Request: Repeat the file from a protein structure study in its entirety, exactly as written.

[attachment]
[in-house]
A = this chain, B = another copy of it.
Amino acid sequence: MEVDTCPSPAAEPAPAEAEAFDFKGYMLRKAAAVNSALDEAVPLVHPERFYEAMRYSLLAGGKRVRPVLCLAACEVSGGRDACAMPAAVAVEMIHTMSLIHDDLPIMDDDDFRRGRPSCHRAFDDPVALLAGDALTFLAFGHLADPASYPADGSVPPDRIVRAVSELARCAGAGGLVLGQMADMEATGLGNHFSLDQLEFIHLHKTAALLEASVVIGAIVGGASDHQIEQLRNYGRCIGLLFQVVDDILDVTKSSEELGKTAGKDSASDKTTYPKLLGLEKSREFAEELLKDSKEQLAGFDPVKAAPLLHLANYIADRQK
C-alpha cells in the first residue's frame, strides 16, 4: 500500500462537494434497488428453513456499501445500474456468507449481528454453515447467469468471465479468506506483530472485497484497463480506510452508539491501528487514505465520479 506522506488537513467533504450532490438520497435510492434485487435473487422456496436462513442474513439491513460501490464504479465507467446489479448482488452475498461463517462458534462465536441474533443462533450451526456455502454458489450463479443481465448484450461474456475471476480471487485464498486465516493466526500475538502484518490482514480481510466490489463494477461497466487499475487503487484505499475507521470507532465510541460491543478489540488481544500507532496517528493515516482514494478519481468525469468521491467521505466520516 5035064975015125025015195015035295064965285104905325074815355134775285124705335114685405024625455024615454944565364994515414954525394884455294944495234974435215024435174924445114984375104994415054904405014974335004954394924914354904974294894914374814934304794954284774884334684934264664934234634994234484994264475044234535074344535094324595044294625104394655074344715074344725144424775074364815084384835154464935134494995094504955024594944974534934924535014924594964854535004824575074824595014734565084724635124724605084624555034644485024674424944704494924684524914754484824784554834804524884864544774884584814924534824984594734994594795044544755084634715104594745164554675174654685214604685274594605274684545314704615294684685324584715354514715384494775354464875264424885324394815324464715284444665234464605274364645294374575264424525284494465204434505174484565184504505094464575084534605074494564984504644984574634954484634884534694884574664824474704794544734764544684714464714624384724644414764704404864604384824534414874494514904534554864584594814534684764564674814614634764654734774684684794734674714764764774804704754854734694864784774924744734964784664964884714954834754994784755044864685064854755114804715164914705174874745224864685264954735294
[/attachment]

[in-house]
A = this chain, B = another copy of it.
Amino acid sequence: MEVDTCPSPAAEPAPAEAEAFDFKGYMLRKAAAVNSALDEAVPLVHPERFYEAMRYSLLAGGKRVRPVLCLAACEVSGGRDACAMPAAVAVEMIHTMSLIHDDLPIMDDDDFRRGRPSCHRAFDDPVALLAGDALTFLAFGHLADPASYPADGSVPPDRIVRAVSELARCAGAGGLVLGQMADMEATGLGNHFSLDQLEFIHLHKTAALLEASVVIGAIVGGASDHQIEQLRNYGRCIGLLFQVVDDILDVTKSSEELGKTAGKDSASDKTTYPKLLGLEKSREFAEELLKDSKEQLAGFDPVKAAPLLHLANYIADRQK
C-alpha cells in the first residue's frame, strides 16, 4: 500500500462537494434497488428453513456499501445500474456468507449481528454453515447467469468471465479468506506483530472485497484497463480506510452508539491501528487514505465520479 506522506488537513467533504450532490438520497435510492434485487435473487422456496436462513442474513439491513460501490464504479465507467446489479448482488452475498461463517462458534462465536441474533443462533450451526456455502454458489450463479443481465448484450461474456475471476480471487485464498486465516493466526500475538502484518490482514480481510466490489463494477461497466487499475487503487484505499475507521470507532465510541460491543478489540488481544500507532496517528493515516482514494478519481468525469468521491467521505466520516 5035064975015125025015195015035295064965285104905325074815355134775285124705335114685405024625455024615454944565364994515414954525394884455294944495234974435215024435174924445114984375104994415054904405014974335004954394924914354904974294894914374814934304794954284774884334684934264664934234634994234484994264475044234535074344535094324595044294625104394655074344715074344725144424775074364815084384835154464935134494995094504955024594944974534934924535014924594964854535004824575074824595014734565084724635124724605084624555034644485024674424944704494924684524914754484824784554834804524884864544774884584814924534824984594734994594795044544755084634715104594745164554675174654685214604685274594605274684545314704615294684685324584715354514715384494775354464875264424885324394815324464715284444665234464605274364645294374575264424525284494465204434505174484565184504505094464575084534605074494564984504644984574634954484634884534694884574664824474704794544734764544684714464714624384724644414764704404864604384824534414874494514904534554864584594814534684764564674814614634764654734774684684794734674714764764774804704754854734694864784774924744734964784664964884714954834754994784755044864685064854755114804715164914705174874745224864685264954735294